Twenty-year-old crypto hacker Ellis Pinsky will have to pay $22 million to the victim of his scheme, crypto investor Michael Terpin, Coindesk wrote.
Pinsky had been dubbed “Baby Al Capone” by the New York Post, because he was 15 years old, a 10th grader in suburban New York at the time of the hack. Pinsky confirmed his involvement in the hack later in a court filing signed by both himself and Terpin.
After that, the remaining claims against Pinsky will be dismissed, other than the New York state law claim for conversion.
The hack happened in 2018, involving a SIM swap scheme targeting AT&T, and resulted in Terpin losing $24 million in cryptocurrency.
SIM swapping refers to a kind of hack where two-factor authentication is bypassed through mobile operators, to break into sensitive websites like crypto exchanges and online banking.
In addition, Terpin’s attorney, Tim Toohey, said he hopes AT&T will take responsibility for the security failures leading to the breach. In 2020, a judge dismissed a punitive damages claim against AT&T from Terpin, and the court said the claim can be put back after discovery.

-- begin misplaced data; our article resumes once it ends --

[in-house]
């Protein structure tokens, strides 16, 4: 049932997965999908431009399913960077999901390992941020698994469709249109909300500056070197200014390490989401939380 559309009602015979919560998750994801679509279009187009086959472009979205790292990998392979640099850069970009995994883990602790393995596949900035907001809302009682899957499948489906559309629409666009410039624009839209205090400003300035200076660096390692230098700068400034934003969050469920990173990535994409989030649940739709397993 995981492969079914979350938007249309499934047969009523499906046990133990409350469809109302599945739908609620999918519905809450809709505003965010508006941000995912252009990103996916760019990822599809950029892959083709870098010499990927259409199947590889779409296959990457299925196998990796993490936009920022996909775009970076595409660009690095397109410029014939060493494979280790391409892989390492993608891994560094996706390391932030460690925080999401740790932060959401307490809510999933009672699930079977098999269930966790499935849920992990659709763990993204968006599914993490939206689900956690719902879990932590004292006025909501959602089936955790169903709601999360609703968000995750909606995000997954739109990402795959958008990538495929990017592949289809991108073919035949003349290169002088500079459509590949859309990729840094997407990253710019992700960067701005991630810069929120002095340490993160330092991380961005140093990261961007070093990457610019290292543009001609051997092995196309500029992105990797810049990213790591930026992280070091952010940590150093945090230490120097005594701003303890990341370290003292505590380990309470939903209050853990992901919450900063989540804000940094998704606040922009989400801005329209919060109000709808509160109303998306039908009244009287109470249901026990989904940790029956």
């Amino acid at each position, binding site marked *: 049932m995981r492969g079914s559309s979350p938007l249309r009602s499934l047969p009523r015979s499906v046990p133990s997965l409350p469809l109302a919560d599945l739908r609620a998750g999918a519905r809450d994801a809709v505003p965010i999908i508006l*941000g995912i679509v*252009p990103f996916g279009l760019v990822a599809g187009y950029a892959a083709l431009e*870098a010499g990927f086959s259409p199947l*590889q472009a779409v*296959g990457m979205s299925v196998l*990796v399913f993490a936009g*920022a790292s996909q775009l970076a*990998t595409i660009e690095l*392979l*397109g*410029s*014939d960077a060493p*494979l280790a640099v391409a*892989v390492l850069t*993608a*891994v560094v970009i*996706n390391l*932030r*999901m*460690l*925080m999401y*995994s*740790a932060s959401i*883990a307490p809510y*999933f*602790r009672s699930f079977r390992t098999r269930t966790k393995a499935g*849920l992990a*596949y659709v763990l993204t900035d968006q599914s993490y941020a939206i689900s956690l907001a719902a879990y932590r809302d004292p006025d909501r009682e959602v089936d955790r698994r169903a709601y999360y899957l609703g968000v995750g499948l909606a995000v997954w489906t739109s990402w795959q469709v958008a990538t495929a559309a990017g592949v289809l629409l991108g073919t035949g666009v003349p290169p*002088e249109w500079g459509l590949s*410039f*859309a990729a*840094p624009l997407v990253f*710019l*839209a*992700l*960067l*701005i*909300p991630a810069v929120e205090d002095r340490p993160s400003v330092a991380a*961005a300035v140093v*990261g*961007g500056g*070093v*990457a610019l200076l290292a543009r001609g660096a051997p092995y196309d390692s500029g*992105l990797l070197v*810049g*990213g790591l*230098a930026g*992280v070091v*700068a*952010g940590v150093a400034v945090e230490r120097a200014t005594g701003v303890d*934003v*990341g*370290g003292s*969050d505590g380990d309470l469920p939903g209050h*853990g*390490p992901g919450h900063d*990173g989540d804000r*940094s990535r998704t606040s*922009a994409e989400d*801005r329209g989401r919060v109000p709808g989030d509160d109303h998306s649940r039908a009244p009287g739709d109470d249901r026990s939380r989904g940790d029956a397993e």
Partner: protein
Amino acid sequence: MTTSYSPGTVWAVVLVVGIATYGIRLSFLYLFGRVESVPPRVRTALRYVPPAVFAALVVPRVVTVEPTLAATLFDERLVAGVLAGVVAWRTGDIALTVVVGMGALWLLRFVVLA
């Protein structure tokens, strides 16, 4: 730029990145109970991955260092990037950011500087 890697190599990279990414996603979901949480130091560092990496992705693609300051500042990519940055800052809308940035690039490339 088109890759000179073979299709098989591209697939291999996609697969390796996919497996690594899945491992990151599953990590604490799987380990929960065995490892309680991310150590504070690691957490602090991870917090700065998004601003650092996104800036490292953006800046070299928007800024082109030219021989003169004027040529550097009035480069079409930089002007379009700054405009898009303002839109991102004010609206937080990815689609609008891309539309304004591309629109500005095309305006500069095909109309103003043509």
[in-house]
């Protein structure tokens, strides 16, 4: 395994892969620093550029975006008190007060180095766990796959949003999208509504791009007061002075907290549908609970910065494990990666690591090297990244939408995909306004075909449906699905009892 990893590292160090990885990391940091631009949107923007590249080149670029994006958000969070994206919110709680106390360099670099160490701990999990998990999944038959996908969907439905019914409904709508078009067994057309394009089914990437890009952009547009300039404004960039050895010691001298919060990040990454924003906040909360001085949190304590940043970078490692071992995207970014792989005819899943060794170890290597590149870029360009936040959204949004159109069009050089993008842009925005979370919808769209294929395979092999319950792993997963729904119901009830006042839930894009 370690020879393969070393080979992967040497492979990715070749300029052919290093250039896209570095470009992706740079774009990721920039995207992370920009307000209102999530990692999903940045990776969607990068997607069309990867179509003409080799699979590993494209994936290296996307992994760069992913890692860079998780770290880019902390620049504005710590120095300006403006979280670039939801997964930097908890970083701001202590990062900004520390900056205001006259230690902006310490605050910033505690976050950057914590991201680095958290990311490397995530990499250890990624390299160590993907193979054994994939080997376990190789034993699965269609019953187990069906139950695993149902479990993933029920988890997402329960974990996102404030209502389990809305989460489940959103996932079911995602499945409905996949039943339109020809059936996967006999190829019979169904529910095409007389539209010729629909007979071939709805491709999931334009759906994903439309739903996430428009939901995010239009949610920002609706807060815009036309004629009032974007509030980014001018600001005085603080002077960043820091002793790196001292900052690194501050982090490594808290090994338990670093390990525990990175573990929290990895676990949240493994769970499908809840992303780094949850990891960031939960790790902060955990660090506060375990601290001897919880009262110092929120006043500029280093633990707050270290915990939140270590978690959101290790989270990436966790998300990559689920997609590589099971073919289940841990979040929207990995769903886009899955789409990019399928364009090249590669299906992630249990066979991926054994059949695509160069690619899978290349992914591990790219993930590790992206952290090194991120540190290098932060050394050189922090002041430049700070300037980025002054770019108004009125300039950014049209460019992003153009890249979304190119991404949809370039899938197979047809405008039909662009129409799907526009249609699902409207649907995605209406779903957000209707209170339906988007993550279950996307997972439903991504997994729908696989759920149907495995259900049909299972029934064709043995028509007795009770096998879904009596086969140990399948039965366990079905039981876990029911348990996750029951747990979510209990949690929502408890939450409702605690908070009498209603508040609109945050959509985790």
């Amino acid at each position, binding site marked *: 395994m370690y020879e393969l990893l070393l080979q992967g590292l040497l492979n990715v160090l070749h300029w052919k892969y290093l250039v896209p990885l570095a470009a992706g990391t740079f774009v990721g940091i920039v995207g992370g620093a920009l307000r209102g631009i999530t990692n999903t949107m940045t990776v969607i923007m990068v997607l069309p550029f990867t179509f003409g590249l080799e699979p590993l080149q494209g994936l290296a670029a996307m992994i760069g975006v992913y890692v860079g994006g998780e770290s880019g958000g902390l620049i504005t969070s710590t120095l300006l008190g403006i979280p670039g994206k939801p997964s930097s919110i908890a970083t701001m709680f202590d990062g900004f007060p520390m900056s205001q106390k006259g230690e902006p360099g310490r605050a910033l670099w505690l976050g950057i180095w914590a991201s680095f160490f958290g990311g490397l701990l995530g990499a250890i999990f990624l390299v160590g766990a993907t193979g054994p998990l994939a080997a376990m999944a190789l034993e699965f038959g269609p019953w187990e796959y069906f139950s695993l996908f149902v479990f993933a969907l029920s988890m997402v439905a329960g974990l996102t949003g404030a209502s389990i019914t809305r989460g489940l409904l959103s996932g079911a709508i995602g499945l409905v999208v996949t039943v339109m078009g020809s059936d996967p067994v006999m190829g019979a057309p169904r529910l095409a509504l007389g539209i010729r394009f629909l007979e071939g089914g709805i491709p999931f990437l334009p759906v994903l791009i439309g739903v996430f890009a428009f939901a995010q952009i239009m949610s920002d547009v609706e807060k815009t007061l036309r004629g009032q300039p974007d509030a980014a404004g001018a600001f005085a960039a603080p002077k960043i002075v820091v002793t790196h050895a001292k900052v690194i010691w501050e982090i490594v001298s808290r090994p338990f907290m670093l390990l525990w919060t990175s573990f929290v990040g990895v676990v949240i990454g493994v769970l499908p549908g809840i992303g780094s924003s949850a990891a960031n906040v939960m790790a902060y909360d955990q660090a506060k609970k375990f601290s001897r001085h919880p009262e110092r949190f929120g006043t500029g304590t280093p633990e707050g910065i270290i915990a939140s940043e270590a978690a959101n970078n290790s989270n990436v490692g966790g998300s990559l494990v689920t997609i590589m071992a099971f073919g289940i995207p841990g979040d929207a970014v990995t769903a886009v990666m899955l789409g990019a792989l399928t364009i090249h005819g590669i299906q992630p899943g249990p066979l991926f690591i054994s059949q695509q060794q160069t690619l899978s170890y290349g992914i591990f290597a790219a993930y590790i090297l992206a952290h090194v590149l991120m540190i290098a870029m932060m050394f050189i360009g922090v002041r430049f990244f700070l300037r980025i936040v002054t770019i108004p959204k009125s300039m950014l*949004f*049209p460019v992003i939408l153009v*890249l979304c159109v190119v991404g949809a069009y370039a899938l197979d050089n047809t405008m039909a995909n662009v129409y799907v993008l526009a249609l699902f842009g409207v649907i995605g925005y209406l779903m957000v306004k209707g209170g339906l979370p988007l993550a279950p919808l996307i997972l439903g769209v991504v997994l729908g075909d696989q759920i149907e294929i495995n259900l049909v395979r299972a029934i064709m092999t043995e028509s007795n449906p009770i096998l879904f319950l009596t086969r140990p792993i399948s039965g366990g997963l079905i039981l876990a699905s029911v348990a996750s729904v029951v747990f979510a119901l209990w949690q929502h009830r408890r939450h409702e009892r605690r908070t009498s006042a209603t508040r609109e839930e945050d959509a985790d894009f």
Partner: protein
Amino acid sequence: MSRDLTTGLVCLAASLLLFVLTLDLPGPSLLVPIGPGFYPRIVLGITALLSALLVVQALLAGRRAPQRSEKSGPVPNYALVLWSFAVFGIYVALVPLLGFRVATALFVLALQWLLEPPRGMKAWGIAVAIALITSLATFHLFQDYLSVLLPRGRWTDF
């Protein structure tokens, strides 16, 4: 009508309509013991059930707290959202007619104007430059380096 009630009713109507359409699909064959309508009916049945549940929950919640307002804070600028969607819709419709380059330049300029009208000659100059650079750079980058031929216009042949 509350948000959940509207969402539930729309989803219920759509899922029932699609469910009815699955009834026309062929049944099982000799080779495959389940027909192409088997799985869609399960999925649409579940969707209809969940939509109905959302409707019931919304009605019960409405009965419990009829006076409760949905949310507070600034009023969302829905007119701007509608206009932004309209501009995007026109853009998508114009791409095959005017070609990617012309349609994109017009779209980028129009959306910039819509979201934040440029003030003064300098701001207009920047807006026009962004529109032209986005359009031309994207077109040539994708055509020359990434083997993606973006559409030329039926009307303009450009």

The case is set to go ahead in May 2023.
PYMNTS wrote about the case in 2019 when Terpin was awarded $75.8 million in a court document over the scheme, that time being from a civil judgment against another suspect, Nicholas Truglia.
Truglia, according to the reports, was part of the scheme to steal his crypto after gaining access to his mobile phone. Court documents had Truglia pay Terpin the money as compensatory and punitive damages, in what reports said was one of the biggest payouts involving cryptocurrency and an individual.
The case also showed the number of scams and schemes going on in crypto which became even more of a spotlight after the pandemic forced much of daily life and finance in general to go digital, causing a boost in hacks overall.
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